When Lucia Burton sat Primary School Leaving Certificate of Education (PSLCE) examinations at Makande Primary School in Balaka last year, she was geared to go to secondary school.
However, the 16-year-old, from the Sub-Traditional Authority Nyanyala in the district, had to repeat Standard Eight despite passing the national examinations.
“When results came out, I had just achieved a pass; I wasn’t selected to any government secondary school. Unfortunately, my parents couldn’t afford fees for the nearest private secondary schools in my area,” she says.
Lucia’s parents had just separated when she got her PLSCE results.
Following the parting, her father instantly stopped supporting the schoolgirl and her siblings, so going to a private secondary school was a far-fetched dream for her.
“After pondering my situation, I decided not to quit school because my father was failing to fulfil his obligation. I repeated Standard Eight,” she says.
In September, Lucia was among 303 000 Standard Eight candidates who sat this year’s PSCLE examinations nationwide.
The adolescent girl hopes to get selected to a national secondary school which is more affordable than private secondary school.
She hopes it will be easier to get a bursary while at a public school.
Neglect by parents and guardians is just one of the setbacks faced by children, particularly girls determined to remain in school until their dreams come true. It makes it hard for girls to resist illegal and abusive sexual relationships fuelling child marriages, teen pregnancies, school dropout rates and sexually transmitted infections, including HIV.
According to the 2015 Malawi Demographic and Health Survey, half of Malawian women marry before the 18th birthday, the minimum marriageable age. The nationwide survey conducted every five years also found about a third of adolescent girls pregnant five years ago. This erodes their chances to remain in school and earn more later in life.
Oftentimes, Lucia and her friends shrug off lusty advances from men who promise them money and material support in exchange for sex.
She explains: “Some girls fall into this trap. However, my friends and I know the importance of saying ‘no, thanks’ to sexual advances.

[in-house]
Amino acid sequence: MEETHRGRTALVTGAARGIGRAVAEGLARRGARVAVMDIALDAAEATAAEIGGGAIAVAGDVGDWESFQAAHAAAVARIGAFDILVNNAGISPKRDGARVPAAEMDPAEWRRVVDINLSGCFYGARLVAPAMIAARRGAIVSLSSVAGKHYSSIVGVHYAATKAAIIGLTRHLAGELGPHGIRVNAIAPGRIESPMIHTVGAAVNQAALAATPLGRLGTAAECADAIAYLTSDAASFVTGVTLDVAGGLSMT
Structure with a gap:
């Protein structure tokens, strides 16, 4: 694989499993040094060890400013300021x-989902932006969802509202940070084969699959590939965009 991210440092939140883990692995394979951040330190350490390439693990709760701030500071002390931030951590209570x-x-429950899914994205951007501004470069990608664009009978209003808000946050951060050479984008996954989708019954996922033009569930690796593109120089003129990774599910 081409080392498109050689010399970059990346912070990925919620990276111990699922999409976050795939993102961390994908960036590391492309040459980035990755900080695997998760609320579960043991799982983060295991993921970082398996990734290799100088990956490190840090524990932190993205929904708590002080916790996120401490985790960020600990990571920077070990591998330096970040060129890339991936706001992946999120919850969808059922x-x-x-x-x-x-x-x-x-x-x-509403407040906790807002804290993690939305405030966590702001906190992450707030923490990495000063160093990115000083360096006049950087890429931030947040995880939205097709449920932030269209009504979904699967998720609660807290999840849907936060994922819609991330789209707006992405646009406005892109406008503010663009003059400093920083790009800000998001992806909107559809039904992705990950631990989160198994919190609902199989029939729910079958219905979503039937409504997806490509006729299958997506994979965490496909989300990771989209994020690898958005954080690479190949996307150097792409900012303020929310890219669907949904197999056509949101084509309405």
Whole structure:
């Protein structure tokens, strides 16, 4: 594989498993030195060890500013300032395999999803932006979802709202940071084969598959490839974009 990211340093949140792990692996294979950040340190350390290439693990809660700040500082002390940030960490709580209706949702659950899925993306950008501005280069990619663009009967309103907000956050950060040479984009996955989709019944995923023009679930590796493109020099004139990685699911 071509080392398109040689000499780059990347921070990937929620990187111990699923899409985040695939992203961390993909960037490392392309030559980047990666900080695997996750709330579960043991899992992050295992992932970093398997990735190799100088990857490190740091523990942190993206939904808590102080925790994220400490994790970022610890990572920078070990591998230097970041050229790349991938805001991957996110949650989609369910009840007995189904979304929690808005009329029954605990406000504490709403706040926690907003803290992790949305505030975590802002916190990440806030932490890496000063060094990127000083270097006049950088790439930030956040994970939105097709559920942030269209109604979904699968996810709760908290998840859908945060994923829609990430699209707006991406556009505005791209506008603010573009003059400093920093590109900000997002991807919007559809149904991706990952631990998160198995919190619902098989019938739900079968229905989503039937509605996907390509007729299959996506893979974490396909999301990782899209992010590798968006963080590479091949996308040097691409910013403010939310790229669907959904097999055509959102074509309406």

“We have formed a group called star circle where we discuss school work as well as the importance of learning and dangers of sexual transactions which can ruin our future.” she says.
The star circle, established last December, also gives Lucia and her friends a safe space to share vital skills such as knitting and hair-plaiting.
The young knitters fashion various wear for sale in their village while the hair artists run salons in their homes. The proceeds of these activities are shared equally among the needy girls, aiding them to buy basics such as notebooks, pens, soap and lotion.
“We want to fetch for ourselves things girls of our age normally seek from boys or older men,” says Lucia.
Oxfam in Malawi and its partners at Women’s Legal Resource Centre (Wolrec) are championing the star circle approach with funding from UN Women through the UN Trust. The three-year project seeks to reduce violence against women and girls in Balaka and Nsanje.
Wolrec executive director Maggie Kathewera-Banda says the two districts have low girls’ participation in education.
She explains: “The study we conducted before embarking on the project also indicated a high rate of gender-based violence in these two districts.
“So, the project seeks to improve communities’ knowledge and respect of girls’ rights while encouraging the girls to stay in school and protecting them from any form of violence,” she says.
Oxfam in Malawi country director Lingalireni Mihowa says Malawi is making positive strides towards eliminating violence against women and girls, but the pace is faster in changing laws than behavioural change”.
“The laws are progressive in terms of protecting women and girls against violence. But it is the human behaviour that has not reached the extent we need,” she says.
Mihowa urges government agencies and non-governmental organisations opposed to violence against women and girls to sustain their work to change this.
“We need to interrogate the social and cultural norms driving violence against women and girls in the country to uproot them,” says Mihowa.